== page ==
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Broken Blossoms (1936)

Main image of Broken Blossoms (1936)
DirectorJohn Brahm
Production CompanyTwickenham Film Studios Productions
ProducerJulius Hagen
AdaptationEmlyn Williams
Adapted from film byD.W. Griffith
Adapted from story byThomas Burke
PhotographyCurt Courant
EditorRalph Kemplen
MusicKarol Rathaus

Emlyn Williams (Chen); Dolly Haas (Lucy Burrows); Arthur Margetson (Battling Burrows); Ernest Sefton (Manager); Gibb Mclaughlin (Evil Eye)

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A Buddhist missionary travels from China to London. He meets and falls in love with a young girl in the slums of the East End but tragedy threatens when their relationship is discovered by the girl's brutal father.

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A remake of D.W. Griffith's 1919 silent classic, Broken Blossoms(d. John Brahm, 1936) is a melodrama set in the seamy docklands of East London. In this version, German stage and screen actress Dolly Haas reprises the Lilian Gish role of Lucy, a young girl maltreated by her brutish, drunken father Battling Burrows, played by Arthur Margetson, who famously starred in The Mystery of the Mary Celeste (d. Denison Clift, 1935) with Bela Lugosi. Donald Calthrop, Hitchcock's favourite villain rounds out the heavyweight cast as Chen, the Old Chinaman.

This story is worth investigating for a number of reasons: the differences in narrative between the short story on which it is based, the silent film and the sound film; and as a representation of a working-class community, not to mention Chinese people, in early cinema.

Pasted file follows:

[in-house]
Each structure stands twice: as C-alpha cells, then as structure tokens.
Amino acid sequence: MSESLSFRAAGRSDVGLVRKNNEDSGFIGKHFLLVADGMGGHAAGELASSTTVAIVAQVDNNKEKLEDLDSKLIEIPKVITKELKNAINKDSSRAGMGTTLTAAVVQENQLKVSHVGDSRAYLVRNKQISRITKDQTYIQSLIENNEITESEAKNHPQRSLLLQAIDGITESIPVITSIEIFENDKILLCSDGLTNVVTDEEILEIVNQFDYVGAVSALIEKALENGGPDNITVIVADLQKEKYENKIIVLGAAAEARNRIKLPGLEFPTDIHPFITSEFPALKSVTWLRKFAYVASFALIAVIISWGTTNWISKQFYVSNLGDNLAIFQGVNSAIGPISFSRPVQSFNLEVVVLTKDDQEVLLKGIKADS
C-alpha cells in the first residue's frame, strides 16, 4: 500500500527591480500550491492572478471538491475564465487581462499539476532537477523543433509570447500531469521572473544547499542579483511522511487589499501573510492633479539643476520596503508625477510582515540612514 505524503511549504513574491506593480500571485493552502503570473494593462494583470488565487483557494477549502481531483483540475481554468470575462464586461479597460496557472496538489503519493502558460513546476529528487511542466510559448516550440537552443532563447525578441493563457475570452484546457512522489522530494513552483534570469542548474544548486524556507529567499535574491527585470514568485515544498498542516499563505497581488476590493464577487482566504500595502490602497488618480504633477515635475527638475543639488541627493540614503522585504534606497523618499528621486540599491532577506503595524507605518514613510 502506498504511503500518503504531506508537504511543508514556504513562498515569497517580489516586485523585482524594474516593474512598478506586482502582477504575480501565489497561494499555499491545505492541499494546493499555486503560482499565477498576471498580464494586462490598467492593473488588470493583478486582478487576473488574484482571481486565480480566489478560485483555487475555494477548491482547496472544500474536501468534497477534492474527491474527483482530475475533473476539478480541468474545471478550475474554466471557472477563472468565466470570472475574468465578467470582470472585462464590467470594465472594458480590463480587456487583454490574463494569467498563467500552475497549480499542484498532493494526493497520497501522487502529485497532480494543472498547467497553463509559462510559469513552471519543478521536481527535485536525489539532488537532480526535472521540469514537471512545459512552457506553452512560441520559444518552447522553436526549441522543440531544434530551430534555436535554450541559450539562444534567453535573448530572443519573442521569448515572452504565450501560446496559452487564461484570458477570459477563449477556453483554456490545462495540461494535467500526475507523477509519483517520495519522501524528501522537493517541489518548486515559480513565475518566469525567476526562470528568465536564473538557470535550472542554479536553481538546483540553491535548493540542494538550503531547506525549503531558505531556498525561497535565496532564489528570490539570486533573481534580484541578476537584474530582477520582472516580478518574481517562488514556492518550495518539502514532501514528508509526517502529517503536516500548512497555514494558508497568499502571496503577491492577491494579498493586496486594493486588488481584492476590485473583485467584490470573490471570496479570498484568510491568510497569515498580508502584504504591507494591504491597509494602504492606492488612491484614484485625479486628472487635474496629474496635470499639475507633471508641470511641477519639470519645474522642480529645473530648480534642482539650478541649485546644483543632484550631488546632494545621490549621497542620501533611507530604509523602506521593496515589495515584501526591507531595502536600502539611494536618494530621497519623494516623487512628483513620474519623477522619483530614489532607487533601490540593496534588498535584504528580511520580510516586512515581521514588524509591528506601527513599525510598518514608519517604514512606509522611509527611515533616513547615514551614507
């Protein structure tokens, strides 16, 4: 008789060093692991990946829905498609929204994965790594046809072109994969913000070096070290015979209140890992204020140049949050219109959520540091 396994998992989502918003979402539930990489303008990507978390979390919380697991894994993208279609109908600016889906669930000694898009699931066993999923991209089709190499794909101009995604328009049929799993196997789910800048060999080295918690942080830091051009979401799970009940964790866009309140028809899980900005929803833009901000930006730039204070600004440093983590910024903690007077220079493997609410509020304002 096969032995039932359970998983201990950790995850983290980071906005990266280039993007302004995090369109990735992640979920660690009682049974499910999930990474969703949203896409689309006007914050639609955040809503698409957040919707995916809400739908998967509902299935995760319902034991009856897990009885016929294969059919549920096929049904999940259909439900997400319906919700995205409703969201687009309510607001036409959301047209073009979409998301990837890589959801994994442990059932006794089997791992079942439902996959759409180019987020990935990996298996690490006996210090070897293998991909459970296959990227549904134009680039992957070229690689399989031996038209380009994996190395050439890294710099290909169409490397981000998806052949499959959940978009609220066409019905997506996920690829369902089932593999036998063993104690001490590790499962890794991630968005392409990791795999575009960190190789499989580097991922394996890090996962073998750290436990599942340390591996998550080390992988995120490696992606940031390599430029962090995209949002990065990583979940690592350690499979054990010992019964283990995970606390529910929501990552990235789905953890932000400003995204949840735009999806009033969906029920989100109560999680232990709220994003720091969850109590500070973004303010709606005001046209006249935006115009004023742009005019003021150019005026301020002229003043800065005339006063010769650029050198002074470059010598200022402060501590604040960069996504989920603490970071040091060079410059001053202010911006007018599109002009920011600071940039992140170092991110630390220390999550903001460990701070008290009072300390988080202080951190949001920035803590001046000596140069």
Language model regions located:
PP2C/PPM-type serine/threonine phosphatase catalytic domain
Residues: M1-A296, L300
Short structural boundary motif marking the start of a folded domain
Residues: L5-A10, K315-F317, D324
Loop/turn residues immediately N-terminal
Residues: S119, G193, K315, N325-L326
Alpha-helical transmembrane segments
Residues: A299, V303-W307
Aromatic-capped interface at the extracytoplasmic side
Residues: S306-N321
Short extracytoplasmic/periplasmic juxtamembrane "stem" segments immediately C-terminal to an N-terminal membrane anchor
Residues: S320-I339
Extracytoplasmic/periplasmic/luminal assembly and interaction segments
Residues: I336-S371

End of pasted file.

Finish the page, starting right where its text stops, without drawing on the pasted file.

'The Chink and the Child' appeared in a collection of short stories, Limehouse Nights (1916) by Thomas Burke. With its emphasis on atmosphere and descriptive flourishes, it was a natural for early film. Lucy's neighbourhood is lavishly recreated here as a horror set with dark alleys, lugubrious mists and fetid waterways. The lighting is sepulchral, the production design evokes menace.

There is an obvious voyeurism in this representation of the East End, illustrated in a scene where a coach load of tourists arrive to gape and exclaim over the horrors of the neighbourhood. This warped fascination is stirred by the presence of immigrant communities and their representation in contemporary literature and film.

The film adaptations added the stereotype Chinese villain the Evil Eye, and softened the character of Chen, the naïve and otherworldly philosopher. Viewed from today, the film's racism is no less blunt than in the short story, but the several other nationalities that populate the stories - the Malays, Africans, Jews - have been excised.

Broken Blossoms was given an A certificate; a contemporary review in the Monthly Film Bulletin described it as unsuitable for "those who dislike being harrowed". Violence permeates the film and the themes of child abuse, racial bigotry, interracial (and paedophiliac) love and murder make this disturbing viewing for any audience.

Dolly Haas gives a wrenching performance as the fragile waif, though it is Chen's glances that carry the emotional registers of the film. Given the film's strong visual sense, and the exquisite performances, the dialogue seems almost unecessary.

Ann Ogidi

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Video Clips
1. Naive monk in London (5:40)
2. Take my advice, dear (2:50)
3. The tyrant Burrows (4:04)
Production stills
Monthly Film Bulletin review
Calthrop, Donald (1888-1940)
Harris, Jack (1905-1971)
Kemplen, Ralph (1912-2004)
Radford, Basil (1897-1952)
Verno, Jerry (1894-1975)
Vorhaus, Bernard (1904-2000)
British-Chinese Cinema